Tips to avoid router tearout

Routers can be a woodworker’s best friend. This tool can help you perfect edge profiling with less effort and help you make joinery. On the other hand, router tearout can turn your project from flawless to marred in a matter of minutes.

The good news is that there are a few ways that you can avoid router tearout. With the tips discussed here, you can complete future pieces without the fear of router tearout damaging them.

Look at the Grain of Your Wood

The grain of the wood you are working with is more than just aesthetic; any woodworker knows that. As such, make sure you pay attention to the grain of your wood when you are getting ready to run a router.

Make sure that you run your wood on your router in the direction of the grain. If you run the wood on the router against the grain, you are likely to see your wood start to break apart. This is because the router and the wood are catching against one another.

Slow Down

It’s tempting to choose speed and convenience when working on a project. However, that speed comes with a price. In this case, speed can cost you a case of router tearout. Instead, try a technique of taking your time working with the router to avoid any mistakes like tearout.
To help you out, most routers today have a variable speed controller. The more likely your wood is to splinter – cedar and oak tend to splinter a lot – the lower you should set your variable speed at. It’s better to take your time than to rush a job and end up with a result you aren’t happy with.

Utilize Climb Cuts

It’s very easy to come across bad luck when routing an exit corner. This is because the fibers here are much weaker than the main mass of your wood. When you are handling these areas, a climb cut might be your best choice.

When you are climb cutting, you will want to feed your wood so that the blade moves counter-clockwise against the wood.

This might seem wrong at first. After all, typical cutting involves feeding the bit clockwise. However, when climb cutting, the counter-clockwise motion pulls the grain down rather than lifting it up.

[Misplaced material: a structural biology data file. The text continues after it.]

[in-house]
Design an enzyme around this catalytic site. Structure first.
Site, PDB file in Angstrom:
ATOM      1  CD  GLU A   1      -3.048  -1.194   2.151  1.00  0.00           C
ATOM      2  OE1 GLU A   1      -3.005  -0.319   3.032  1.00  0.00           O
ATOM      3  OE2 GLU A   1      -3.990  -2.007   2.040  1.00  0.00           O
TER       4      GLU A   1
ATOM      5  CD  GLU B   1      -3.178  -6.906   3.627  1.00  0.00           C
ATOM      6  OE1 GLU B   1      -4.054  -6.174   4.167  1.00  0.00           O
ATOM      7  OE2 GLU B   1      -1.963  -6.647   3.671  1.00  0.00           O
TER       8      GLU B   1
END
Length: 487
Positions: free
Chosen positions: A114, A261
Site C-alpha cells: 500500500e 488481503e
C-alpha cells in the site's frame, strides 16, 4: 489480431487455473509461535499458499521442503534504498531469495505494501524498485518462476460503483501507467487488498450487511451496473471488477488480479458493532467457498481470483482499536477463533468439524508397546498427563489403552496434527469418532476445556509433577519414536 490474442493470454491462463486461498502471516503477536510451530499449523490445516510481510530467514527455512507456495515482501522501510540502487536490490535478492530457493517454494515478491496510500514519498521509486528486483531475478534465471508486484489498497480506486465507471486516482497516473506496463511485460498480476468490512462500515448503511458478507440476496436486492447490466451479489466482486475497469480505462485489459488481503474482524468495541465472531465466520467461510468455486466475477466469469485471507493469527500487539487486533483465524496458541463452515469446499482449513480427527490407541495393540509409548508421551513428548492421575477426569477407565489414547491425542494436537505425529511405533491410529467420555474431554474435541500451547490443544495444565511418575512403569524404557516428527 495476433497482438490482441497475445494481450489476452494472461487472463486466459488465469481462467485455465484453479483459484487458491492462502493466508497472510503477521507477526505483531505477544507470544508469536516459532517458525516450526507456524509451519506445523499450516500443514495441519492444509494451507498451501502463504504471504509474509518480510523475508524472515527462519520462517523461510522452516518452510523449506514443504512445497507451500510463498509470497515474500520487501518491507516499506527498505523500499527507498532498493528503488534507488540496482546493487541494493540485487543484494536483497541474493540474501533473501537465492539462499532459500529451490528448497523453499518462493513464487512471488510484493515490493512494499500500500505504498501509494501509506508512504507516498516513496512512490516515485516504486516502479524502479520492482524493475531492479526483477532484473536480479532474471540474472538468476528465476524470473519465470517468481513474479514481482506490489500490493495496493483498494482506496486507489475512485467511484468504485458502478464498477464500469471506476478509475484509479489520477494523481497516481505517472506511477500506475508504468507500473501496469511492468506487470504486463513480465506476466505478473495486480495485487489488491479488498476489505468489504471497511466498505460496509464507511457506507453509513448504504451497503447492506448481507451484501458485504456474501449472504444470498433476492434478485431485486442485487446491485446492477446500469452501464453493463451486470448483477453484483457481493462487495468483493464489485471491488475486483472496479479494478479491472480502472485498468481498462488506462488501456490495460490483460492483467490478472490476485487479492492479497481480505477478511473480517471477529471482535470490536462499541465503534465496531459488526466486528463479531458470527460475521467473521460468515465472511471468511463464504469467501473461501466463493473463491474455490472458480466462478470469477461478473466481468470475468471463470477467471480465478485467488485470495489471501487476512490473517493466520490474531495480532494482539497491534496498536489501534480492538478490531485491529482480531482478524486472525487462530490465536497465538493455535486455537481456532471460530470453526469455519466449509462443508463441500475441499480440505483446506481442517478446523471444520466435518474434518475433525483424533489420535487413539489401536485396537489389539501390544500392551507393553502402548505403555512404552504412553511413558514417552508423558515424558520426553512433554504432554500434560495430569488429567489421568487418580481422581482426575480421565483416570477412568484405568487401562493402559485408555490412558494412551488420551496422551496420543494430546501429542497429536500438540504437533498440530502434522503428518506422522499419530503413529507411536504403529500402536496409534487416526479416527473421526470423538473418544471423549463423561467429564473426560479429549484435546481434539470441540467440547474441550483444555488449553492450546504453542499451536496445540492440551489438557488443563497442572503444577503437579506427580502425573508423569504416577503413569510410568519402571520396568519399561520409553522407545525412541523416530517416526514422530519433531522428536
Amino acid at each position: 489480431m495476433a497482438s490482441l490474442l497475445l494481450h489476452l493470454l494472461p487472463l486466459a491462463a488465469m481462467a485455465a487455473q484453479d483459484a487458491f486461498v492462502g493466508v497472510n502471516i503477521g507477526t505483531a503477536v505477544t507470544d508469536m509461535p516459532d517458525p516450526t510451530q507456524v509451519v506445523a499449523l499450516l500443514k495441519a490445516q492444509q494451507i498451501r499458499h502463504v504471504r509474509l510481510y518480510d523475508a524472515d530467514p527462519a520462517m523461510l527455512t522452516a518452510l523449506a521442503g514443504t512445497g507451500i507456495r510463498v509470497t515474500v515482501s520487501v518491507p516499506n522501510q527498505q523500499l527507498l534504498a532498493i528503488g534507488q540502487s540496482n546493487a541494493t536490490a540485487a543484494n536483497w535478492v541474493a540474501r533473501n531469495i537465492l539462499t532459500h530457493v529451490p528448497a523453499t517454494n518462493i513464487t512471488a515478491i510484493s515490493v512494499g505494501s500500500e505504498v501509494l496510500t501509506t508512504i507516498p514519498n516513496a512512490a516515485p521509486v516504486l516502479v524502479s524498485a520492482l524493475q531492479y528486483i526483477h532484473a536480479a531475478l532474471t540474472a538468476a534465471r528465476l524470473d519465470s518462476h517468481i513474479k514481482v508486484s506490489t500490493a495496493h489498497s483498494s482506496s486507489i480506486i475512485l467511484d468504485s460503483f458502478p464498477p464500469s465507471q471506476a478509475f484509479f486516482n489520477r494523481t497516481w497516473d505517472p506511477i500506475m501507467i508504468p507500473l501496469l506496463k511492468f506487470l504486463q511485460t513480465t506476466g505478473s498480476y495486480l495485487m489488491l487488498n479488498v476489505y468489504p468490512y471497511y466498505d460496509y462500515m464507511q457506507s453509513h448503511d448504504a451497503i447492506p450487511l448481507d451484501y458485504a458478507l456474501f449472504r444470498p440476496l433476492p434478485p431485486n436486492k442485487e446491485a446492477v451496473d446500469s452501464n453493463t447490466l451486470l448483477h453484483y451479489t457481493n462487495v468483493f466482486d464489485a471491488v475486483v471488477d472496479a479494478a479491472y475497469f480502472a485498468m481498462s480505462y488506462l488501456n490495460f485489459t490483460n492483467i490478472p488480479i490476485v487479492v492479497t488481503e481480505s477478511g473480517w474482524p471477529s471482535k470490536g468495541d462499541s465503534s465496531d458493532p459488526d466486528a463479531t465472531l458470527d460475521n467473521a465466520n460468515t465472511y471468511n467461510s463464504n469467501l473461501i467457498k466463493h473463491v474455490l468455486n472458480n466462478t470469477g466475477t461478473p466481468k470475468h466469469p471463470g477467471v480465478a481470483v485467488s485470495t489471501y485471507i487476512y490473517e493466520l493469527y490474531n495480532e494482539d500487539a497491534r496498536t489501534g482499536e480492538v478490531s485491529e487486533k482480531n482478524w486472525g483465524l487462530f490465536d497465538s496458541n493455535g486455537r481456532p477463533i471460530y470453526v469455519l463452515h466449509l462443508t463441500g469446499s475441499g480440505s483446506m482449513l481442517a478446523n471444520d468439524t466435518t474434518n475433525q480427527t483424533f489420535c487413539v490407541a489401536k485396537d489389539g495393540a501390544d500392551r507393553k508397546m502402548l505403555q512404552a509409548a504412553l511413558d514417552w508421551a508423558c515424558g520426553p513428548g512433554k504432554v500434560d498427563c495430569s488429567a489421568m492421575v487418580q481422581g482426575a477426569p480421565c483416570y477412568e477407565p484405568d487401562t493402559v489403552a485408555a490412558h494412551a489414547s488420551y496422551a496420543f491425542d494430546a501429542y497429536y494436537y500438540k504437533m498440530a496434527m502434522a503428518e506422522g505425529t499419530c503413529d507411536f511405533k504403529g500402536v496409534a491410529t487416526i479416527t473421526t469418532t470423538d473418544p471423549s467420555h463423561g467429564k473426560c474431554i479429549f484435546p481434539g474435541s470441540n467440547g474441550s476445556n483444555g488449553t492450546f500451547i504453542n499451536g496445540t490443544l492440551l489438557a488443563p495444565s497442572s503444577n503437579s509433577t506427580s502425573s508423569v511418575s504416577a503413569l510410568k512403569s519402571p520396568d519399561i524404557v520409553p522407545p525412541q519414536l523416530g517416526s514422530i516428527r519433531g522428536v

This technique doesn’t come naturally to most people because it is the opposite of what most people learned. As such, it’s best to practice the technique on wood that isn’t involved with an important project first.

Make Smaller Cuts at a Time

When you have a big cut to make, it’s tempting to do it all in one pass. After all, why not? It’s quick and efficient, isn’t it?

Actually, trying to take these bigger jobs in smaller portions. Try to do too much at once and you’ll get the results of a rushed job – router tearout. Alternatively, take the time to slowly carve off the area you are working on. This careful approach will definitely take more time but it will also pay off in the long run.

One of the ways you can do this is to do one heavy pass and then go back in for a lighter pass to finish the piece off. This way, the rough edge that the heavier pass leaves isn’t what you are done with but you did use this first pass to roughly shape your piece.

Then, come through with a light pass that is done to smooth the surface down. For this pass, you’ll want to be very gentle to ensure you get the most even finish possible.

Use Quality Kit

Finally, you can try to avoid unnecessary problems by using the right equipment. Here, the equipment you are using is, of course, your router. If you want to come up with quality projects, you’re going to want a quality router that matches what you need. The good news is that there are plenty of routers out there that balance quality and costs.

You will also want to make sure you take proper care of your tools. Even the best routers can cause problems if you aren’t using the appropriate bit or ignore maintenance issues that interfere with the router’s performance.

About the author

Annabelle Carter Short is a DIY lover, seamstress and chief-crafter at Wunderlabel. When not working, she’s spending time with her family or putting pen to paper for her own personal pursuits. Annabelle is a mother and she loves making crafting and woodworking projects with her two children, Leo (age 9) and Michelle (age 7).

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